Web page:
Black social workers face stress, racial inequities during COVID-19 pandemic (NBC News)

By Patrice Gaines, May 11, 2020, NBC News "The big issue that black social workers are having to contend with is the devastation happening in our communities." Michael Guynn, a social worker in Los Angeles, would show up at a foster family's home unannounced to make sure that the house was clean and livable and that a child was being fed and going to school. Kevin Holder, an emergency services clinician, would meet police officers at the jail in Richmond, Virginia, to interview and observe a...

Elevating people of color and women in the workplace (The Harvard Gazette)

This is one in a series of profiles showcasing some of Harvard’s stellar graduates. Deeneaus ‘D’ Polk, M.P.P. ’20, found his way from Mississippi to Harvard Kennedy School with plans to return to the South Growing up in the small, blue-collar Mississippi town Pascagoula, Deeneaus Polk could not have predicted that his path would take him to Harvard Kennedy School (HKS). Or that it would run by way of Germany. As the oldest of three children, Polk — who goes by “D” — was responsible for...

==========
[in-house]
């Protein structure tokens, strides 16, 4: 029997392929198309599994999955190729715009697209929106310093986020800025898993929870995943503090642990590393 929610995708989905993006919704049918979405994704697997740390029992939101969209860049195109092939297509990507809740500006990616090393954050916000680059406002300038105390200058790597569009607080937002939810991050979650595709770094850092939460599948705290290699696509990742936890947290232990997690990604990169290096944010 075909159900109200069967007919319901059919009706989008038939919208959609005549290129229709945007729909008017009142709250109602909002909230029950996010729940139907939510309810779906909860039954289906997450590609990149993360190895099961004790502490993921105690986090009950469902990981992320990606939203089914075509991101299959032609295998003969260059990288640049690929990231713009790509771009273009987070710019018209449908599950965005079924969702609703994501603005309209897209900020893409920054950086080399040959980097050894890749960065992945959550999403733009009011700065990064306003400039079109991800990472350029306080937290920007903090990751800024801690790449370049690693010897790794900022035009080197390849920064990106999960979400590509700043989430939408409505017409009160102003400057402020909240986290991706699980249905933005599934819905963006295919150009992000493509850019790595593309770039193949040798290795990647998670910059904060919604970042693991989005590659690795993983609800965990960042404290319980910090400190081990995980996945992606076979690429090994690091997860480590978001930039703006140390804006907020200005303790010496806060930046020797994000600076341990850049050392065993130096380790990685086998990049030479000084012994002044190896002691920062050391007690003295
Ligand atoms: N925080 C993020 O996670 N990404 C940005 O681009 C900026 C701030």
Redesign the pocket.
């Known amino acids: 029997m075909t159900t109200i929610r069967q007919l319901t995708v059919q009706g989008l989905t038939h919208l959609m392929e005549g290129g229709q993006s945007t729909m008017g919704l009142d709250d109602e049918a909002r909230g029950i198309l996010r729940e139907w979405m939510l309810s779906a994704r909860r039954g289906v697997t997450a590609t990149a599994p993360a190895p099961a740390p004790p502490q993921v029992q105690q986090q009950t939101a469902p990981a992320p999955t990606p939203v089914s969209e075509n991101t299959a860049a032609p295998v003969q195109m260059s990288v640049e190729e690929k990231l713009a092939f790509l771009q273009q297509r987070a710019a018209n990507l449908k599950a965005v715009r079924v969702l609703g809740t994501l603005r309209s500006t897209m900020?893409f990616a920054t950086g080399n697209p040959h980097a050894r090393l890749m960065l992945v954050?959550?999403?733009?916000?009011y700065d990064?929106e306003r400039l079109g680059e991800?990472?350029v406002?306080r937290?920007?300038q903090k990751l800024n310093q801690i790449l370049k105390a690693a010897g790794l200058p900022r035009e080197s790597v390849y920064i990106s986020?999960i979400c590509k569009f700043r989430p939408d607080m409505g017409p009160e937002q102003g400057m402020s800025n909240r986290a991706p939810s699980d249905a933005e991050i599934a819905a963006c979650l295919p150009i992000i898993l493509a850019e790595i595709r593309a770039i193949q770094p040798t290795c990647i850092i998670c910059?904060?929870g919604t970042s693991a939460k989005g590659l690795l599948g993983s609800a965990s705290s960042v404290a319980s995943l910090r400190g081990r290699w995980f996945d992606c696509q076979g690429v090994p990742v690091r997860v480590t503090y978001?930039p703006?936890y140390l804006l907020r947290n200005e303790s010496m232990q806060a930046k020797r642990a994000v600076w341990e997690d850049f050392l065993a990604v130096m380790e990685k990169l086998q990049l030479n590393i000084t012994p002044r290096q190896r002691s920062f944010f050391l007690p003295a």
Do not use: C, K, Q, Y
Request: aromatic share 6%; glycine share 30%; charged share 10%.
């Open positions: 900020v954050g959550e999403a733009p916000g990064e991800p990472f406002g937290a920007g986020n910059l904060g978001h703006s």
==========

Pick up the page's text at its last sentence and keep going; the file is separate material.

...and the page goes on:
Black Men Run promoting brotherhood through running dedicate run to Ahmaud Arbery (KUSI)

By Jonathan Halvorson, May 9, 2020, for KUSI. SAN DIEGO (KUSI) – Nasara Gargonnu is the 2019 Teacher of the Year at Morse High School, Official Live Well San Diego Partner and Captain of Black Men Run San Diego. The organization encourages health and wellness among African American men by promoting a culture of running to stay fit. The group is open to beginners and advanced runners. Gargonnu joined Good Morning San Diego to discuss the group and a run they dedicated for 25-year-old Ahmaud...

Another "A Better Normal" Community Discussion Series-Health Equity

In the thirteenth installation of the " A Better Normal " community discussion series, ACEs Connection facilitated a conversation focused on health inequity as it pertains to the COVID-19 pandemic . This discussion featured myself and ACEs Connection member Joshunda Sanders and highlighted the role of racism, historical trauma and poverty when it comes to the impact of this pandemic on African Americans and other vulnerable populations. In this session our guests were Sarah Bounse with...